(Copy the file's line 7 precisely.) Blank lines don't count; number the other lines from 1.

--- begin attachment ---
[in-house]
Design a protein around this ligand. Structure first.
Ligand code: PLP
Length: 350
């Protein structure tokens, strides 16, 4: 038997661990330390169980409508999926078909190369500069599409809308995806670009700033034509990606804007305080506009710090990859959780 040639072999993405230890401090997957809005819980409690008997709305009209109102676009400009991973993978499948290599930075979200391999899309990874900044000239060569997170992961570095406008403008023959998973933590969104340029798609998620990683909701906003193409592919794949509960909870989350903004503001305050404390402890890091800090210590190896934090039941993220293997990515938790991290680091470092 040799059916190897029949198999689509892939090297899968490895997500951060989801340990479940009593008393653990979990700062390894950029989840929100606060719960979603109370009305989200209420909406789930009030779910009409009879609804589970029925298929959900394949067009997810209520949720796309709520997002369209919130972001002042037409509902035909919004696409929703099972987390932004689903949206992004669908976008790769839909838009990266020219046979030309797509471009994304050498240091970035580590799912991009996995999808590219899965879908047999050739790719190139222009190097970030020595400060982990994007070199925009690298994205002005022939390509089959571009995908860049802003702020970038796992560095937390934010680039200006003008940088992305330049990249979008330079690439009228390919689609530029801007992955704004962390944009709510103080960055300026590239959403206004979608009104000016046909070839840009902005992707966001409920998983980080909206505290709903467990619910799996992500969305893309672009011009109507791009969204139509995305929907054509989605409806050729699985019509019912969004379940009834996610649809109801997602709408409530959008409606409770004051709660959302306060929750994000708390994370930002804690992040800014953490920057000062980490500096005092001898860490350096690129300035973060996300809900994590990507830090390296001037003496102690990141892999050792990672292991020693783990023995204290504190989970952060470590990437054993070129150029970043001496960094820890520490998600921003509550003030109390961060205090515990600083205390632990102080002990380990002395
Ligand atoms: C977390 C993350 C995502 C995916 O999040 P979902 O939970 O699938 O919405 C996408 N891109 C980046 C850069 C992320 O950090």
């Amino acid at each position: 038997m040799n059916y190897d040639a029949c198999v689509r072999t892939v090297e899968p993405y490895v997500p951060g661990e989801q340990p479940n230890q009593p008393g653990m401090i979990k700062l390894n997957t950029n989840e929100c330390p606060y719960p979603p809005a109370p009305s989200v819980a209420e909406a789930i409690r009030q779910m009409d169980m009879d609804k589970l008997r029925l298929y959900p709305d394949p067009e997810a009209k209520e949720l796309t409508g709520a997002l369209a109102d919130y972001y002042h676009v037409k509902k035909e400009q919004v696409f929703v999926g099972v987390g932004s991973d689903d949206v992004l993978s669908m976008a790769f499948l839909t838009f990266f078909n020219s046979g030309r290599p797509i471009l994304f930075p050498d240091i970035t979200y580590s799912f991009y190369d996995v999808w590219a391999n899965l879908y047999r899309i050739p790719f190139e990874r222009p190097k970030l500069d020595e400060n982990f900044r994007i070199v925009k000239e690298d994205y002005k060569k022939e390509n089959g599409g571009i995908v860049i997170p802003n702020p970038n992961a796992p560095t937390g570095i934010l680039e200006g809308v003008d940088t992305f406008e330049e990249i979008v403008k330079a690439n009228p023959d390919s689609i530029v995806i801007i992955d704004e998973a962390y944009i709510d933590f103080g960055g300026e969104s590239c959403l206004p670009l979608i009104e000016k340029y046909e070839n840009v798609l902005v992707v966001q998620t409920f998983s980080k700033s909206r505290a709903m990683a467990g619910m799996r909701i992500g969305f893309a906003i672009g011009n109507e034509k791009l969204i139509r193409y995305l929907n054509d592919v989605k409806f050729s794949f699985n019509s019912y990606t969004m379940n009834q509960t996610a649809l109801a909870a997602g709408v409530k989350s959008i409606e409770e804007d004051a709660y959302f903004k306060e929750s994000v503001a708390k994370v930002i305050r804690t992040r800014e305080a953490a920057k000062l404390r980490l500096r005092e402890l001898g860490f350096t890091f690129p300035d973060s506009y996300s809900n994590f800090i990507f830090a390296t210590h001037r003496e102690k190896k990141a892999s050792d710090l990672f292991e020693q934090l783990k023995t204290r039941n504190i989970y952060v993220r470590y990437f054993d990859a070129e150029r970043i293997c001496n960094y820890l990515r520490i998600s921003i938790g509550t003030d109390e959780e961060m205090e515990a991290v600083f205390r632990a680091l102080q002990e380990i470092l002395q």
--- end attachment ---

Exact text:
């Amino acid at each position: 038997m040799n059916y190897d040639a029949c198999v689509r072999t892939v090297e899968p993405y490895v997500p951060g661990e989801q340990p479940n230890q009593p008393g653990m401090i979990k700062l390894n997957t950029n989840e929100c330390p606060y719960p979603p809005a109370p009305s989200v819980a209420e909406a789930i409690r009030q779910m009409d169980m009879d609804k589970l008997r029925l298929y959900p709305d394949p067009e997810a009209k209520e949720l796309t409508g709520a997002l369209a109102d919130y972001y002042h676009v037409k509902k035909e400009q919004v696409f929703v999926g099972v987390g932004s991973d689903d949206v992004l993978s669908m976008a790769f499948l839909t838009f990266f078909n020219s046979g030309r290599p797509i471009l994304f930075p050498d240091i970035t979200y580590s799912f991009y190369d996995v999808w590219a391999n899965l879908y047999r899309i050739p790719f190139e990874r222009p190097k970030l500069d020595e400060n982990f900044r994007i070199v925009k000239e690298d994205y002005k060569k022939e390509n089959g599409g571009i995908v860049i997170p802003n702020p970038n992961a796992p560095t937390g570095i934010l680039e200006g809308v003008d940088t992305f406008e330049e990249i979008v403008k330079a690439n009228p023959d390919s689609i530029v995806i801007i992955d704004e998973a962390y944009i709510d933590f103080g960055g300026e969104s590239c959403l206004p670009l979608i009104e000016k340029y046909e070839n840009v798609l902005v992707v966001q998620t409920f998983s980080k700033s909206r505290a709903m990683a467990g619910m799996r909701i992500g969305f893309a906003i672009g011009n109507e034509k791009l969204i139509r193409y995305l929907n054509d592919v989605k409806f050729s794949f699985n019509s019912y990606t969004m379940n009834q509960t996610a649809l109801a909870a997602g709408v409530k989350s959008i409606e409770e804007d004051a709660y959302f903004k306060e929750s994000v503001a708390k994370v930002i305050r804690t992040r800014e305080a953490a920057k000062l404390r980490l500096r005092e402890l001898g860490f350096t890091f690129p300035d973060s506009y996300s809900n994590f800090i990507f830090a390296t210590h001037r003496e102690k190896k990141a892999s050792d710090l990672f292991e020693q934090l783990k023995t204290r039941n504190i989970y952060v993220r470590y990437f054993d990859a070129e150029r970043i293997c001496n960094y820890l990515r520490i998600s921003i938790g509550t003030d109390e959780e961060m205090e515990a991290v600083f205390r632990a680091l102080q002990e380990i470092l002395q």